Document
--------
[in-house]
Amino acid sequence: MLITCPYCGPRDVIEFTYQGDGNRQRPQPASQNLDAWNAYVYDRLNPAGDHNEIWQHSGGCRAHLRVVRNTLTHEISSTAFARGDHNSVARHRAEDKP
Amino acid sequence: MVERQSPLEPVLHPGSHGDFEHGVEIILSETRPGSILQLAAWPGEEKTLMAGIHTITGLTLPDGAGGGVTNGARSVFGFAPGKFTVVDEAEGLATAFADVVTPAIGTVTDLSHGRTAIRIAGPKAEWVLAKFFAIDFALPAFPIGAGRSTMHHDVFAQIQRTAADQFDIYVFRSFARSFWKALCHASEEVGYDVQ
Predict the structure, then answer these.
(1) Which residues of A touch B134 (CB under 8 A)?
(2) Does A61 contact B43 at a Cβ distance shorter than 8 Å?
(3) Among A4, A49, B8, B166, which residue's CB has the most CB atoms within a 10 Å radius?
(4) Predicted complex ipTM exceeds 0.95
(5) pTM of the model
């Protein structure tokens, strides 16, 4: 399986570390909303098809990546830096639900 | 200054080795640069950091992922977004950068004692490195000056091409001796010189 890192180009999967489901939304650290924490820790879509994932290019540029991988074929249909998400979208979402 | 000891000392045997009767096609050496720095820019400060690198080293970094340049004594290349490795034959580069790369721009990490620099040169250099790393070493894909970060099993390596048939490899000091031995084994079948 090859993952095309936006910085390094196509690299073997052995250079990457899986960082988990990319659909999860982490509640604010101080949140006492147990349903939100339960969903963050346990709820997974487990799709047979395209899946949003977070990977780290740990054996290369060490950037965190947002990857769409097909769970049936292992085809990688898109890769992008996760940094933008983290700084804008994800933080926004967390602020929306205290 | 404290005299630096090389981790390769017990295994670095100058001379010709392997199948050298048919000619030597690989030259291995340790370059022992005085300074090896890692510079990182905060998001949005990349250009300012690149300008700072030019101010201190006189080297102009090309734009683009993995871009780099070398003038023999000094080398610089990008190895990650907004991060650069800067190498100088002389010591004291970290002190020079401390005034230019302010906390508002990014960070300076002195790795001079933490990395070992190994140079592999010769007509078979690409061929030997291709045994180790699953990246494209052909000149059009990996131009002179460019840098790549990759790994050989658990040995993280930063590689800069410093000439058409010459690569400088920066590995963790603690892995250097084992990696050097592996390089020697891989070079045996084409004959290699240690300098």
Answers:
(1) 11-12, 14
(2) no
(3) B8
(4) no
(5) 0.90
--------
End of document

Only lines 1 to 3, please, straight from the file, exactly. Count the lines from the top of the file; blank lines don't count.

[in-house]
Amino acid sequence: MLITCPYCGPRDVIEFTYQGDGNRQRPQPASQNLDAWNAYVYDRLNPAGDHNEIWQHSGGCRAHLRVVRNTLTHEISSTAFARGDHNSVARHRAEDKP
Amino acid sequence: MVERQSPLEPVLHPGSHGDFEHGVEIILSETRPGSILQLAAWPGEEKTLMAGIHTITGLTLPDGAGGGVTNGARSVFGFAPGKFTVVDEAEGLATAFADVVTPAIGTVTDLSHGRTAIRIAGPKAEWVLAKFFAIDFALPAFPIGAGRSTMHHDVFAQIQRTAADQFDIYVFRSFARSFWKALCHASEEVGYDVQ